By Ben Golliver
Speaking on ESPN, Johnson said he would offer James $1 million if he participates in the NBA's annual All-Star Weekend showcase.
"I'm going to put up a million dollars," Johnson said during a telecast Friday night. "One million dollars to LeBron, please get in the dunk contest. I go every year, I want to see you out there. A million to the winner."
Johnson, 53, has an estimated net worth of at least $500 million.
Entering this season, James, 28, had earned more than $92 million in salary during his NBA career. Including this season, James has more than $79 million remaining on his contract with the Heat. His net worth has been estimated in the $100 million range.
The Associated Press notes that the dunk-contest winner is paid $100,000 while the runner-up earns $50,000.
James is regarded as one of the NBA's best dunkers -- if not the best -- but has not participated in the dunk contest, unlike Hall of Famers Michael Jordan, Julius Erving, Dominique Wilkins and Clyde Drexler. James "preliminarily" pledged to participate in the 2010 contest, only to back out.
“I was very close,” he said. “I was very close to getting into the dunk contest, man. For me, I’ve always been an in-game dunker, man. When you’ve got to be in the dunk contest, you’ve got to be creative, figure out ways to do something that no one has done in the dunk contest. I couldn’t figure that out. I couldn’t figure that out. I was entertained by being in the three-point contest, too.”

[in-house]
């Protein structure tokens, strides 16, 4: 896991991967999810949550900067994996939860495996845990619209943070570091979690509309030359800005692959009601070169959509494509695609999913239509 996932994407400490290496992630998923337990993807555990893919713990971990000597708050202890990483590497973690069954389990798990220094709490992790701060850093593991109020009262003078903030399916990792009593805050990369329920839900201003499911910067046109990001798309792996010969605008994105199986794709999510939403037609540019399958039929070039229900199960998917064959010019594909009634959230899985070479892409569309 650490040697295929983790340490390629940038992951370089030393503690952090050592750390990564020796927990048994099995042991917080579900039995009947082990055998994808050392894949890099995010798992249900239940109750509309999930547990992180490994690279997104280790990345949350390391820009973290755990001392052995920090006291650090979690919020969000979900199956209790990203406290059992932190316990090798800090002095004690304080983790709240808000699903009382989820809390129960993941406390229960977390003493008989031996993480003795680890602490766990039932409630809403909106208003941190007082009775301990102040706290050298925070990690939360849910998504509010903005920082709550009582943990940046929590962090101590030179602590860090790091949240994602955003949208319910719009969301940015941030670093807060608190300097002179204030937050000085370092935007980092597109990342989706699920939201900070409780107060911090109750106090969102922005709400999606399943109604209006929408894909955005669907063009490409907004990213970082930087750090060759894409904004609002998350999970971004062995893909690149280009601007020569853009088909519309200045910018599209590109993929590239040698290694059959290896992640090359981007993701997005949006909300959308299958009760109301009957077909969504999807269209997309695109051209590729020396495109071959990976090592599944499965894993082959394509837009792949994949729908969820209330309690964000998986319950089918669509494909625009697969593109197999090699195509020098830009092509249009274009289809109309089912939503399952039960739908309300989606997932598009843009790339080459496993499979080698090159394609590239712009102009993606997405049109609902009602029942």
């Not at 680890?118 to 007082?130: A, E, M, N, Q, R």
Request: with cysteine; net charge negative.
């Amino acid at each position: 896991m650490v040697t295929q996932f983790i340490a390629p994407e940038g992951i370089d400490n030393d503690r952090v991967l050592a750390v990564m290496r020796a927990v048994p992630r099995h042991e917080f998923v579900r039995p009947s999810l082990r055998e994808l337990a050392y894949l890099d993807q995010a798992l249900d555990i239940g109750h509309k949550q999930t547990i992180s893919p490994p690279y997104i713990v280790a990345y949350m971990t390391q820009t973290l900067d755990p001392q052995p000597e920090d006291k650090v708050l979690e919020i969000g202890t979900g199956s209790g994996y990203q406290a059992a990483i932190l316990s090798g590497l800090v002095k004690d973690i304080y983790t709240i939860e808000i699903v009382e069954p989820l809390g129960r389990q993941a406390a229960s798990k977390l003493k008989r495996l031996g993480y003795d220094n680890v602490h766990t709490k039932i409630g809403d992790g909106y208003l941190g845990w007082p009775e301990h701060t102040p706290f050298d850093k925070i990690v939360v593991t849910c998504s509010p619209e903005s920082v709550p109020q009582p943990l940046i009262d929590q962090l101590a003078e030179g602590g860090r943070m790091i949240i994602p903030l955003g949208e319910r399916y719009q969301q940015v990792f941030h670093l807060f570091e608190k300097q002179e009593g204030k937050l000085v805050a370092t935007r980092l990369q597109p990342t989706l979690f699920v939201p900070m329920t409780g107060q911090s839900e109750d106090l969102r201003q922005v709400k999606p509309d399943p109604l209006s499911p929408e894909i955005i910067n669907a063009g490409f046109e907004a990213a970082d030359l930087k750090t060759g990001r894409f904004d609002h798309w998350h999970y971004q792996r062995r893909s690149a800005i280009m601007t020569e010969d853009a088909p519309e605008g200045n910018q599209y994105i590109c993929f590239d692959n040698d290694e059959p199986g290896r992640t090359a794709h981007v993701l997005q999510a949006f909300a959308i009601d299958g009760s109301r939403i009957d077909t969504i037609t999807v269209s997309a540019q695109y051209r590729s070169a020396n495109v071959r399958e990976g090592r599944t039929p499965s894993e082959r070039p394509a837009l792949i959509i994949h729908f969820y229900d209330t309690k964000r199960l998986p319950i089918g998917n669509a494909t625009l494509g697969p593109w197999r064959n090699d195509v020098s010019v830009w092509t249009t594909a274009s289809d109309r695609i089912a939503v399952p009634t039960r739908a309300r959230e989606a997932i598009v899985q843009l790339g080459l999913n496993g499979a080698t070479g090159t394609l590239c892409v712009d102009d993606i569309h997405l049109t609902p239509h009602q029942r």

James' dunking has taken center stage over the last few weeks because he's thrown down multiple pregame slams that are contest-worthy. Earlier this week, he went through-the-legs off of a self alley-oop. Before that, he jump-tossed the ball through his legs off the glass for a monster finish. After those dunks prompted unnamed critics to bring up the fact that he hasn't participated in the dunk contest, James threatened to end the Heat's pregame dunking show. He later backed off that statement, saying the dunking would continue.